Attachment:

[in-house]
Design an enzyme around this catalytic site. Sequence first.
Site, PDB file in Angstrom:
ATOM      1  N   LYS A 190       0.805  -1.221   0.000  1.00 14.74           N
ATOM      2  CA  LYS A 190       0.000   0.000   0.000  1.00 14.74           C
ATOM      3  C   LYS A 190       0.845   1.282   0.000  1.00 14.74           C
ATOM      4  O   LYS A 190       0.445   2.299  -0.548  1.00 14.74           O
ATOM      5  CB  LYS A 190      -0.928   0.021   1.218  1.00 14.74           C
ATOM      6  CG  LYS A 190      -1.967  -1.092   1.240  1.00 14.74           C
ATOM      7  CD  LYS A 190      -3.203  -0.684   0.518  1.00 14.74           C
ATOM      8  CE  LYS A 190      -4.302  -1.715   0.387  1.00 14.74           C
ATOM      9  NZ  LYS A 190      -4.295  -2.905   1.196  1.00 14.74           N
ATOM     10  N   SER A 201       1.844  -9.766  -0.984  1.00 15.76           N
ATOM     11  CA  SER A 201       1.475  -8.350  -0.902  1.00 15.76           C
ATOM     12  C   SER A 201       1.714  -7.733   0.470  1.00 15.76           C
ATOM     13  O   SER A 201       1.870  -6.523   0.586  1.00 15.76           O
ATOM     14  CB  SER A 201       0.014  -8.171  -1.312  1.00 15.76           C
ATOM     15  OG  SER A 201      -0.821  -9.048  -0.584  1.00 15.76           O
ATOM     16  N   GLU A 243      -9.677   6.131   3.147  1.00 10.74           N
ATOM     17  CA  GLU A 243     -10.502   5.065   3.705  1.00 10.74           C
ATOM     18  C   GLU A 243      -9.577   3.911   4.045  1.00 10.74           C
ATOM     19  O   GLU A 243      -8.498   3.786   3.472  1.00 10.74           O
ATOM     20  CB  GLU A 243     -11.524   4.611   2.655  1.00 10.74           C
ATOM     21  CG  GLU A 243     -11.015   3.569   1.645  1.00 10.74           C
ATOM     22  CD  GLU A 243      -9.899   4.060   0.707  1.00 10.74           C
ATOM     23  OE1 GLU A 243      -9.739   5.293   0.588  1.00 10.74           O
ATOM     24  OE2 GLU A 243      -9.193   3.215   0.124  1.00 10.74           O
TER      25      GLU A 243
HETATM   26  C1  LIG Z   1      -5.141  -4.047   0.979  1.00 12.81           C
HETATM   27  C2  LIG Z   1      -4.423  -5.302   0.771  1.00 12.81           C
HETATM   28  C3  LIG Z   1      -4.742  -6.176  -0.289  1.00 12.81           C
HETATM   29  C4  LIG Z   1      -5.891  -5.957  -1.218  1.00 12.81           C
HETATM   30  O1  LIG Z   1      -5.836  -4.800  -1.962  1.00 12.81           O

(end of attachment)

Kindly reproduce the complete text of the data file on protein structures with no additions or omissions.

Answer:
[in-house]
Design an enzyme around this catalytic site. Sequence first.
Site, PDB file in Angstrom:
ATOM      1  N   LYS A 190       0.805  -1.221   0.000  1.00 14.74           N
ATOM      2  CA  LYS A 190       0.000   0.000   0.000  1.00 14.74           C
ATOM      3  C   LYS A 190       0.845   1.282   0.000  1.00 14.74           C
ATOM      4  O   LYS A 190       0.445   2.299  -0.548  1.00 14.74           O
ATOM      5  CB  LYS A 190      -0.928   0.021   1.218  1.00 14.74           C
ATOM      6  CG  LYS A 190      -1.967  -1.092   1.240  1.00 14.74           C
ATOM      7  CD  LYS A 190      -3.203  -0.684   0.518  1.00 14.74           C
ATOM      8  CE  LYS A 190      -4.302  -1.715   0.387  1.00 14.74           C
ATOM      9  NZ  LYS A 190      -4.295  -2.905   1.196  1.00 14.74           N
ATOM     10  N   SER A 201       1.844  -9.766  -0.984  1.00 15.76           N
ATOM     11  CA  SER A 201       1.475  -8.350  -0.902  1.00 15.76           C
ATOM     12  C   SER A 201       1.714  -7.733   0.470  1.00 15.76           C
ATOM     13  O   SER A 201       1.870  -6.523   0.586  1.00 15.76           O
ATOM     14  CB  SER A 201       0.014  -8.171  -1.312  1.00 15.76           C
ATOM     15  OG  SER A 201      -0.821  -9.048  -0.584  1.00 15.76           O
ATOM     16  N   GLU A 243      -9.677   6.131   3.147  1.00 10.74           N
ATOM     17  CA  GLU A 243     -10.502   5.065   3.705  1.00 10.74           C
ATOM     18  C   GLU A 243      -9.577   3.911   4.045  1.00 10.74           C
ATOM     19  O   GLU A 243      -8.498   3.786   3.472  1.00 10.74           O
ATOM     20  CB  GLU A 243     -11.524   4.611   2.655  1.00 10.74           C
ATOM     21  CG  GLU A 243     -11.015   3.569   1.645  1.00 10.74           C
ATOM     22  CD  GLU A 243      -9.899   4.060   0.707  1.00 10.74           C
ATOM     23  OE1 GLU A 243      -9.739   5.293   0.588  1.00 10.74           O
ATOM     24  OE2 GLU A 243      -9.193   3.215   0.124  1.00 10.74           O
TER      25      GLU A 243
HETATM   26  C1  LIG Z   1      -5.141  -4.047   0.979  1.00 12.81           C
HETATM   27  C2  LIG Z   1      -4.423  -5.302   0.771  1.00 12.81           C
HETATM   28  C3  LIG Z   1      -4.742  -6.176  -0.289  1.00 12.81           C
HETATM   29  C4  LIG Z   1      -5.891  -5.957  -1.218  1.00 12.81           C
HETATM   30  O1  LIG Z   1      -5.836  -4.800  -1.962  1.00 12.81           O